<%@ LANGUAGE=VBScript %> <% Set asplObj=Server.CreateObject("ASPL.Login") asplObj.Protect Set asplObj=Nothing %> Global IT services Octathlon 2006 results (Apr 24, 2006)

Annex Bulletin 2006-16                               April 24, 2006


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Updated 4/25/06, 8:30AM PDT, adds Summary

Annex Research 2006 Global IT Services Octathlon

Accenture Wins “Gold” Again

HP Gets the “Silver;” IBM the "Bronze"; Top 7 Face "The Growth Problem"

SCOTTSDALE, Apr 24 - Accenture won the “gold” in our 2006 annual global IT services Octathlon for a second year in a row, its fifth outright title to go with two ties for the "gold" in the last 11 years.   Hewlett Packard Services (HPS) and IBM Global Services (IGS) got the “silver" and the "bronze" respectively.  This year, however, Accenture's margin of victory was narrower (13 vs. 12 points for HPS and eight for IGS).   

Just to recap quickly for our new readers the IT Services Octathlon scoring… The overall medal standings are determined by awarding three points for a “gold,” two points for a “silver,” and one point for a “bronze” in each of the eight competitions of the top global IT services vendors.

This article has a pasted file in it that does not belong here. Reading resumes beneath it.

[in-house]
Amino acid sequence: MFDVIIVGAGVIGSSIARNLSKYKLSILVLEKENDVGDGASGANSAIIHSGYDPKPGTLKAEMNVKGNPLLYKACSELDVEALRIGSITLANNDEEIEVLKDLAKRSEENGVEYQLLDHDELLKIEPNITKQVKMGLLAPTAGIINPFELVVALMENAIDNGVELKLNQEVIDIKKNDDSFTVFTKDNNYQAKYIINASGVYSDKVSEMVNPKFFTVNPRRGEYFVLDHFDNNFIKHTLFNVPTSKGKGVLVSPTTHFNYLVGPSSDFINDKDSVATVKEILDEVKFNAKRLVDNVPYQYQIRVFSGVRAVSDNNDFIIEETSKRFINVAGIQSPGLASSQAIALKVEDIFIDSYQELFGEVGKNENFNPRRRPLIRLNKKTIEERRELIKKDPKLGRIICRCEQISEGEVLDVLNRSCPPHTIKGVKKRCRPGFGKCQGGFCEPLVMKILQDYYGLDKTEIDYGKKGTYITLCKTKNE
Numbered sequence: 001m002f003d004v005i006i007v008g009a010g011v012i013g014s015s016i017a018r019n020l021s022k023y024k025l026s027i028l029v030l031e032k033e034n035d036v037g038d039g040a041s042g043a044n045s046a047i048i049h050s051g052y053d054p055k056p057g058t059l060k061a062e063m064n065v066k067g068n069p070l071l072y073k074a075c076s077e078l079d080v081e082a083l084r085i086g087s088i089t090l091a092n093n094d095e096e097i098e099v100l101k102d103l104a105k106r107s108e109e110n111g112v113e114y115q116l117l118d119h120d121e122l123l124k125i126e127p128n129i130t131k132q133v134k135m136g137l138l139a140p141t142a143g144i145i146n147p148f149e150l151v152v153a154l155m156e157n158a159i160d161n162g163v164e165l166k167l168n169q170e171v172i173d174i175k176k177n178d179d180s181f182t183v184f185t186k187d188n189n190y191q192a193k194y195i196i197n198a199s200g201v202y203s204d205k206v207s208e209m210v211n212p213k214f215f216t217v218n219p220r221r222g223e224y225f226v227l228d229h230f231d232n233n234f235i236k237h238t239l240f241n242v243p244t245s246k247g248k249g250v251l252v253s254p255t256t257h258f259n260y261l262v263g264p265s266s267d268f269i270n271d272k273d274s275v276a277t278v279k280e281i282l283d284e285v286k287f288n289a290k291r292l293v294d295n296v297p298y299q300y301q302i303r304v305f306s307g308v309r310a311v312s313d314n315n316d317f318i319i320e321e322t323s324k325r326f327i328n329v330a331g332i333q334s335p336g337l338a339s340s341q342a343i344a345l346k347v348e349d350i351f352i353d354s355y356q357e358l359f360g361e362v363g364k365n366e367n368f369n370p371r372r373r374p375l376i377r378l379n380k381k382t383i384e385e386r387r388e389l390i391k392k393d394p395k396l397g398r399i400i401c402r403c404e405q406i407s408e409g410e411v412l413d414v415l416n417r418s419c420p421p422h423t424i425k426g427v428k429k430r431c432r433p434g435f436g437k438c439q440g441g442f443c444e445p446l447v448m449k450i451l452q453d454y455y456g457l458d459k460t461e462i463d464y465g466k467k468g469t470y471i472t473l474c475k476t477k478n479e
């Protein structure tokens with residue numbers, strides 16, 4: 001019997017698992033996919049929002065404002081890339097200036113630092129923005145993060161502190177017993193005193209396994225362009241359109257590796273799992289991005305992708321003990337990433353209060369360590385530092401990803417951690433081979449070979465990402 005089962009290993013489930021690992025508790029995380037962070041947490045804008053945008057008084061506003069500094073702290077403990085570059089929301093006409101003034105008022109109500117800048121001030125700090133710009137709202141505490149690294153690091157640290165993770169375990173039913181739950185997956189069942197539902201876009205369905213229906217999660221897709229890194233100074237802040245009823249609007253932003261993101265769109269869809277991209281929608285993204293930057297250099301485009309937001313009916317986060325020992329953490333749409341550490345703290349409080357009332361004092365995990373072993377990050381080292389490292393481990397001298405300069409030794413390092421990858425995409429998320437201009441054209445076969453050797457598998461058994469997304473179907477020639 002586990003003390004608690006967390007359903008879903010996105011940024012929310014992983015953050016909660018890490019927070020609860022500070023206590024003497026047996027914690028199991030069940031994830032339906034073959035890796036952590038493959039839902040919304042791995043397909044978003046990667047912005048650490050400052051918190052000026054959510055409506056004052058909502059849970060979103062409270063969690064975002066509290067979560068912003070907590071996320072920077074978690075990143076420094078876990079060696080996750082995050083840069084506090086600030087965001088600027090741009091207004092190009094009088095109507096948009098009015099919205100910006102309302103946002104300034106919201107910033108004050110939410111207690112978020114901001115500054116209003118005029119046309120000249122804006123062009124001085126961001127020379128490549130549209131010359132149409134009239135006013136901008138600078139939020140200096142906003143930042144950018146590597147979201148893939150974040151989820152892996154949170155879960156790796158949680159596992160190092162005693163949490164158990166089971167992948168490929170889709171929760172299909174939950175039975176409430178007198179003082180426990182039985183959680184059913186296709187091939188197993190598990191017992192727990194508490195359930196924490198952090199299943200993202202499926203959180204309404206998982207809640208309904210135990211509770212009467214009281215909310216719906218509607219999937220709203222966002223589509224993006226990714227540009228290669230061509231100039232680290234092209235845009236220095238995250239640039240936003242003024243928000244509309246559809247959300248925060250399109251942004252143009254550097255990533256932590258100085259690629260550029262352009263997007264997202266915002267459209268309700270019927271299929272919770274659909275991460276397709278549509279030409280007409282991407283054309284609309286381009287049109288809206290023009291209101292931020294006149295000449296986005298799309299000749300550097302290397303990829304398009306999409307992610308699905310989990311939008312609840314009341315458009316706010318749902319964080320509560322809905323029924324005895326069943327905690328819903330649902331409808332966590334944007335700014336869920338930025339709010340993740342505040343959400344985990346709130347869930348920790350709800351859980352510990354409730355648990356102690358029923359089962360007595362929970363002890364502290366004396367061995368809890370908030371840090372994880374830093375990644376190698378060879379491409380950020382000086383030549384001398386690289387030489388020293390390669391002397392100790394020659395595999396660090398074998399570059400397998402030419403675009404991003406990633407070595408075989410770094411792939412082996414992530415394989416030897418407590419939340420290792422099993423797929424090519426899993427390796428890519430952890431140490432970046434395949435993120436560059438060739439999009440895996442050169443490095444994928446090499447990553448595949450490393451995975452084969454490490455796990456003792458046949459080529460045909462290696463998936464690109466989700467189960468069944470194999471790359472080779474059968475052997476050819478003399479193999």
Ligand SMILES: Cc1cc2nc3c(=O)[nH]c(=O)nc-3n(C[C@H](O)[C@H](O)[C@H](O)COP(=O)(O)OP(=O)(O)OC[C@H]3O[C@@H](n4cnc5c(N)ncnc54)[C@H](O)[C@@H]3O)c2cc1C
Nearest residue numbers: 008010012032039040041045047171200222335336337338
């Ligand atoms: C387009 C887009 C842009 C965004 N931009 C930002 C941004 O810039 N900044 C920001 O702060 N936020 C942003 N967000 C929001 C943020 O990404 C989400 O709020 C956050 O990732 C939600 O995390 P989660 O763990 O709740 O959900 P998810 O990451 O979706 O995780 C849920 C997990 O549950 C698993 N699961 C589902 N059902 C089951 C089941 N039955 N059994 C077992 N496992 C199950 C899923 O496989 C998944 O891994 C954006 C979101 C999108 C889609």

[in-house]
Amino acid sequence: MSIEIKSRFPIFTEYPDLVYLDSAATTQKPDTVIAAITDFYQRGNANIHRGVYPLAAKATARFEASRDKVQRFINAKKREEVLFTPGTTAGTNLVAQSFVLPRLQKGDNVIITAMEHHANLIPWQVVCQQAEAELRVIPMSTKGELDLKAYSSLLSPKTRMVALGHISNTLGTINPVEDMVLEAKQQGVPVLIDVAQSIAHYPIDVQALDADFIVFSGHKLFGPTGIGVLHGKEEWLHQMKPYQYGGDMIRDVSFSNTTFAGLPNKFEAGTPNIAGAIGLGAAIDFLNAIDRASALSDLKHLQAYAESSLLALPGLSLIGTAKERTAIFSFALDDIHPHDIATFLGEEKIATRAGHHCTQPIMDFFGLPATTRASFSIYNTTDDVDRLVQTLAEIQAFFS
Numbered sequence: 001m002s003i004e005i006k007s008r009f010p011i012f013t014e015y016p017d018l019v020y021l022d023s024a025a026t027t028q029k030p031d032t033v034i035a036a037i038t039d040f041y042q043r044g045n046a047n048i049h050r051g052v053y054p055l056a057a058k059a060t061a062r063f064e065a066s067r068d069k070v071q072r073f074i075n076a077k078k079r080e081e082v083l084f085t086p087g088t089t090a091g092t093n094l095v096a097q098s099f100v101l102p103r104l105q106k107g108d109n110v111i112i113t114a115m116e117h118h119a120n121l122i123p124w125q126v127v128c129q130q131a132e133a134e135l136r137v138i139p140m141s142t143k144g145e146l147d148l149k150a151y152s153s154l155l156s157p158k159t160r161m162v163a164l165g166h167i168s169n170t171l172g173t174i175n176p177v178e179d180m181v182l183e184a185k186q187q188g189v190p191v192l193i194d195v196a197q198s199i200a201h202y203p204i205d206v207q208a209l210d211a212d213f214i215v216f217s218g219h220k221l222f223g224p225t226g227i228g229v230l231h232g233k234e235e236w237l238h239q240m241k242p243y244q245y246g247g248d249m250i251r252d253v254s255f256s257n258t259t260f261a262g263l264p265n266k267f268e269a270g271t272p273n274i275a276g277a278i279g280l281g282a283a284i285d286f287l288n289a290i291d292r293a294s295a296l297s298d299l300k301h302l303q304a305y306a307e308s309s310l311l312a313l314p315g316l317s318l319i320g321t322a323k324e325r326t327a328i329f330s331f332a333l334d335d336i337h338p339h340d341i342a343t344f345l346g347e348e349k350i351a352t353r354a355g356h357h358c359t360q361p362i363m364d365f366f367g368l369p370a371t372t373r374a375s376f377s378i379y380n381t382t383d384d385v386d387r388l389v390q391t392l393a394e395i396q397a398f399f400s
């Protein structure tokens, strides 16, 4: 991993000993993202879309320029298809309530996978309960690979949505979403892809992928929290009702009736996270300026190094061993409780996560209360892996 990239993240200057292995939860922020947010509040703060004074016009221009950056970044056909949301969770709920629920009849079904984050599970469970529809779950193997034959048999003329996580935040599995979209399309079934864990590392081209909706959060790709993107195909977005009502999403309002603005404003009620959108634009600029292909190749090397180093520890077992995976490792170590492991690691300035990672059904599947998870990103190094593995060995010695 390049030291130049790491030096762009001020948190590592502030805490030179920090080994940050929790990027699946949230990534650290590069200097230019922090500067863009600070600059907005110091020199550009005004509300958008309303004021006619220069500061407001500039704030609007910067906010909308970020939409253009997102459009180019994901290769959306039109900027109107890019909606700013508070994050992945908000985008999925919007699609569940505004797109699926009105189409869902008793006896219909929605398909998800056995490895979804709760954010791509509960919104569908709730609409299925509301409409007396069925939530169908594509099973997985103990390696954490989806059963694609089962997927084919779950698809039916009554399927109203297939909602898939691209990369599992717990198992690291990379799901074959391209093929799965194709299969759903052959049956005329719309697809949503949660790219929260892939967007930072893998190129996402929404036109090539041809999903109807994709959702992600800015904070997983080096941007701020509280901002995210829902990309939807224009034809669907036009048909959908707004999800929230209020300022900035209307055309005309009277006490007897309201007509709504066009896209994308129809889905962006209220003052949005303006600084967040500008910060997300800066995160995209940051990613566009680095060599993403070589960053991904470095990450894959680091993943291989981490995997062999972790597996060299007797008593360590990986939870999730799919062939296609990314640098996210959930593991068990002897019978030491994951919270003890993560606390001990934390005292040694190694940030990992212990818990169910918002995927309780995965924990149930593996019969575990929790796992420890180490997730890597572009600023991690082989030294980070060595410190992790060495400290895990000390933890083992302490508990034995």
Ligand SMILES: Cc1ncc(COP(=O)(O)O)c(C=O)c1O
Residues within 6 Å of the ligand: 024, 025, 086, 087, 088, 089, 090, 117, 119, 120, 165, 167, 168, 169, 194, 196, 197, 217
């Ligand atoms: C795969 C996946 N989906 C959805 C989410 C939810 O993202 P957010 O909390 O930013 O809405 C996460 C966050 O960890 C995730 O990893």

The eight categories are:

1. Revenue Growth – current year

2.                        "           "            …and 5-year

3. Market Share Gain/Loss

4. Net Margin

5. Gross Margin

6. Frugality

7. Sales Productivity

8. New Contract Sales

All these figures are for the prior calendar year results, 2005 in this case.  We also wish to remind our readers that the only competitors among the Top 7 that don’t publish their new contract sales are HPS and Fujitsu.  As a result, we treated them as  “no shows” in this Octathlon category.

And now, here’s a “play-by-play” report from this year’s competition.

1.-2. Revenue Growth (2 Medals)

The “gold” medal for the best revenue growth in 2005 went to HPS (up 12.3% over 2004).  Accenture won the “silver” with a 11.5% jump, while CSC earned the “bronze” with a 4% increase.  Meanwhile, two the Top 7 competitors experienced revenue declines last year (EDS and Fujitsu, the latter mostly due to foreign currency translations - the weakness of the yen against the U.S. dollar).

As with previous Octathlons, all revenue figures used in this year’s competition were either the reported numbers for companies whose fiscal year-end ends Dec 31, or were our estimates of other competitors’ calendar year 2005 results.

The “gold” for long-term growth (last five years) went to HPS (up 22% per year during 2000-2005).  Accenture won the “silver” with a 10% compound annual growth rate, while IGS got the “bronze” with a 7.4% rise in 2000-2005.

It should be noted that most revenue growth medal winners grew by acquisitions.  CSC acquired DynCorp (2003), HP acquired Compaq (2002), while IBM acquired PwCC (2002).  Lacking any major acquisitions in 2005, revenue growth of the Top 7 contenders slowed down to a trickle (less than 2%).  So once one of the fastest growing industry segments, the top of the global IT services market is now showing sub-par performance.